Chicago Teachers Union explores idea of work strike

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By Isaac Ceh

 

Will the 2012-2013 school year see a re-enactment of the CPS teachers strike of 1987? Lane Tech’s faculty is showing strong opposition to the proposal for an extended school day and school year without the compensation of additional pay. A new law gives CPS the authority to lengthen the elementary school day by 90 minutes, and the high school day by 46.

A CPS press release on Jan. 12 announced that CPS is following through on plans for extending the school day and year. Part of the announcement reads as follows:

With the move to a 7.5-hour day, students will receive the additional time they need in core subjects such as math, reading and science, get needed individual instruction to ensure they don’t fall behind, and have the opportunity for exposure to enrichment opportunities that were not formerly available. The District also intends to move to a calendar of 180 instructional days, an increase of 10 instructional days from the current CPS calendar, which will bring the number of school days in Chicago on par with other cities in the nation.

The teachers can either hope for a raise, work longer hours without extra pay, or choose to go on strike.

Just before the winter break Lane’s Faculty took an opinion survey asking teachers whether they would be willing to go on strike if the Chicago Teachers Union (CTU) chose to do so. A staggering 92.4 % teachers at Lane indicated they were indeed willing to strike if a reasonable negotiation could not be made regarding the new school day.

Many believe the only way to avoid a strike is to raise teacher pay. Still, the school’s administration is already planning for the longer school day CPS has mandated for next year by asking the PPLC (Professional Personnel Leadership Committee) to propose a schedule that fits the perameters outlined by CPS.

Next year’s proposed district wide start/stop time of 8:00am – 3:30pm would be accommodated by the PPLC’s current proposal by getting rid of Division and adding a 50-minute enrichment period between periods two and three. Enrichment courses would be offered over five or ten week periods. The PPLC’s plan suggested 40 possible courses that could be offered, including Study Hall, Yoga, Sign Language, Comparative Religion, and Fashion. (For a complete list of proposed courses and other details of the PPLC’s proposal, go to http://www.lanetech.org/pplc/lsd.php).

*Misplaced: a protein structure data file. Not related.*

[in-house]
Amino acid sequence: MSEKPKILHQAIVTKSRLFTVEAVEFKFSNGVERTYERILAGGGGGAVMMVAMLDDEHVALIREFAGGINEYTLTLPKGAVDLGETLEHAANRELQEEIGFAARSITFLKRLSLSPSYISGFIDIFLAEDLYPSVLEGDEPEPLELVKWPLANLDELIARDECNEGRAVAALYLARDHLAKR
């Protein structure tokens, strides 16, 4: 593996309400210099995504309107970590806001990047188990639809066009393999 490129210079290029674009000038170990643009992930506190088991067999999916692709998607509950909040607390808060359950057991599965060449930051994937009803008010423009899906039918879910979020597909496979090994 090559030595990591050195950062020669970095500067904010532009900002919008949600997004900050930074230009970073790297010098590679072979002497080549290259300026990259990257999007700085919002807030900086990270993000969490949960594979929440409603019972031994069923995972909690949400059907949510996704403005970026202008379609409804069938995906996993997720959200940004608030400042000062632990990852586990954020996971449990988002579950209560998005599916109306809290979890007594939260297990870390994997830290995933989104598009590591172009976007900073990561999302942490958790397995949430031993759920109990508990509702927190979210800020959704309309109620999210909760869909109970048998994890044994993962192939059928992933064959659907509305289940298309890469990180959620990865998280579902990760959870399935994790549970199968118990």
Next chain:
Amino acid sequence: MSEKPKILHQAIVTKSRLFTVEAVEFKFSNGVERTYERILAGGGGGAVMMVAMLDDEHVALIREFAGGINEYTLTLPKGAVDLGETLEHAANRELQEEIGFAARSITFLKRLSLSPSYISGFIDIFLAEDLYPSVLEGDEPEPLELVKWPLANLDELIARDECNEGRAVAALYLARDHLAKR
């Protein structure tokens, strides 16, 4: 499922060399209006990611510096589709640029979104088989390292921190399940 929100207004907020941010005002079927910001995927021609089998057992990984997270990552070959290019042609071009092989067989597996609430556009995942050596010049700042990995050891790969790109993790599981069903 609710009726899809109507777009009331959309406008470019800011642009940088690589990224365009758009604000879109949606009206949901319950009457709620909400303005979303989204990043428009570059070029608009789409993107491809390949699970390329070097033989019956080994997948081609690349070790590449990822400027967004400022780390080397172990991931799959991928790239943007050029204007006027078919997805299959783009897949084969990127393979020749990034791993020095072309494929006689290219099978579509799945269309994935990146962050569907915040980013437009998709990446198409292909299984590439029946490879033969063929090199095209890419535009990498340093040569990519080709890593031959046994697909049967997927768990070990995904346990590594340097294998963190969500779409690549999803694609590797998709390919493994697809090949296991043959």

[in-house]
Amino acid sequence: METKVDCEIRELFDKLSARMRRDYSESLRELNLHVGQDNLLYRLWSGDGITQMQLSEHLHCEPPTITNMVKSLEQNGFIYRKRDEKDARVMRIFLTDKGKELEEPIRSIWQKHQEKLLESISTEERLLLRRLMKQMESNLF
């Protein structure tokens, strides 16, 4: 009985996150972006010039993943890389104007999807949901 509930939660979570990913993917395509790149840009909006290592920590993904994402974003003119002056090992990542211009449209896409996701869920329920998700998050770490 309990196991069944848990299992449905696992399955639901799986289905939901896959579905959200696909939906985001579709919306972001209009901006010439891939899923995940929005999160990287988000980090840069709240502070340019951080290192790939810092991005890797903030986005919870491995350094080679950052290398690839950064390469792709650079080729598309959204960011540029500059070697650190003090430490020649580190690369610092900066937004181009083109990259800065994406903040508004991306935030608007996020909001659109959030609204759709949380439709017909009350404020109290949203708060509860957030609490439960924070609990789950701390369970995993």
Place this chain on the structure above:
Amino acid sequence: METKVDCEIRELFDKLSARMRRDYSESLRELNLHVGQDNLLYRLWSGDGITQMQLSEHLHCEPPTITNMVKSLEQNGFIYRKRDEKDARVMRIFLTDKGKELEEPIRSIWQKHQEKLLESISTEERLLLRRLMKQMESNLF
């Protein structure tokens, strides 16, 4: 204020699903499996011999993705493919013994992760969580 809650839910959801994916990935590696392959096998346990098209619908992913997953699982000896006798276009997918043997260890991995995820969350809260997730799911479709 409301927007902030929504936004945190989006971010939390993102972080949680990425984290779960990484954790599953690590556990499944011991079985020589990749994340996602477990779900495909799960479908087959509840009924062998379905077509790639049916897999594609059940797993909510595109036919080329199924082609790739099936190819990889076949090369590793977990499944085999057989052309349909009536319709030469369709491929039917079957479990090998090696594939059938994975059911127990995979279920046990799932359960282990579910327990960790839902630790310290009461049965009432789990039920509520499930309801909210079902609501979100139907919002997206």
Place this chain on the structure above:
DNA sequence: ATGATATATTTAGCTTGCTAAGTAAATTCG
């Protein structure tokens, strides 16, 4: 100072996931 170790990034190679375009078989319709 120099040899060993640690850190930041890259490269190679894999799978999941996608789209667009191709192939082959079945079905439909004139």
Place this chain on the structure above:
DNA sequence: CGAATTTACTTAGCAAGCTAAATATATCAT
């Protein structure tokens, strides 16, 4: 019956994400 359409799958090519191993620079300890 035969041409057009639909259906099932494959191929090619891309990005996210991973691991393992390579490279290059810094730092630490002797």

In a newsletter placed in all Lane teachers’ mailboxes on the morning of Dec. 17, the school’s CTU delegates disputed the idea that the extension of next year’s school day and year was “a done deal.” It read:

While Mayor Emmanuel and CEO Brizard say the longer school day non-negotiable, it in fact is negotiable… everything is negotiable. They want us to work 29% longer over the course of the school year. The CTU wants a 29% raise. Let’s negotiate.

Also, the PPLC needs to be careful not to present the longer day schedule as if it is a done deal when it is far from being a done deal.

“If there is a longer school day I would like to see a study hall added to the schedule for the Lane students, so kids that are struggling can get tutoring during the school day,” said math teacher Mr. Toh.

An extended school day would not only affect students, but faculty, extra curricular activities, and sports as well. It will also make the commute to school much more inconvenient for students who take the CTA and live far away from Lane.

‘’Our kids come from all over the city. It takes some kids an hour to two hours to get home and some even live in dangerous neighborhoods with gang related activity,” said Ms. Smith a special education teacher and CTU representative for Lane.

The CTU considers the a strike a real possibility. It even made a deal with a local bank allowing CPS teachers to open a savings account that will earn a .25 percent quarterly interest rate – a better rate than most banks offer for a short term plan. The CTU is encouraging teachers to set aside money in the event of a strike since they would not be receiving paychecks during that time.

“If the longer school day does take place, hopefully there will be an expansion of art, music, and other cultural diverse activities that are designed to benefit the students,” Smith said.

The urgency of redesigning the school system by newly elected mayor Rahm Emanuel has interrupted the flow of the current system, sparking resentment from the teachers of CPS.

“[Emanuel’s] still green. He needs to listen and weigh in on the peoples voice,” Smith said.

“I don’t think Rahm Emmanuel has been very diplomatic in general. He has put the teachers against him,” Toh said.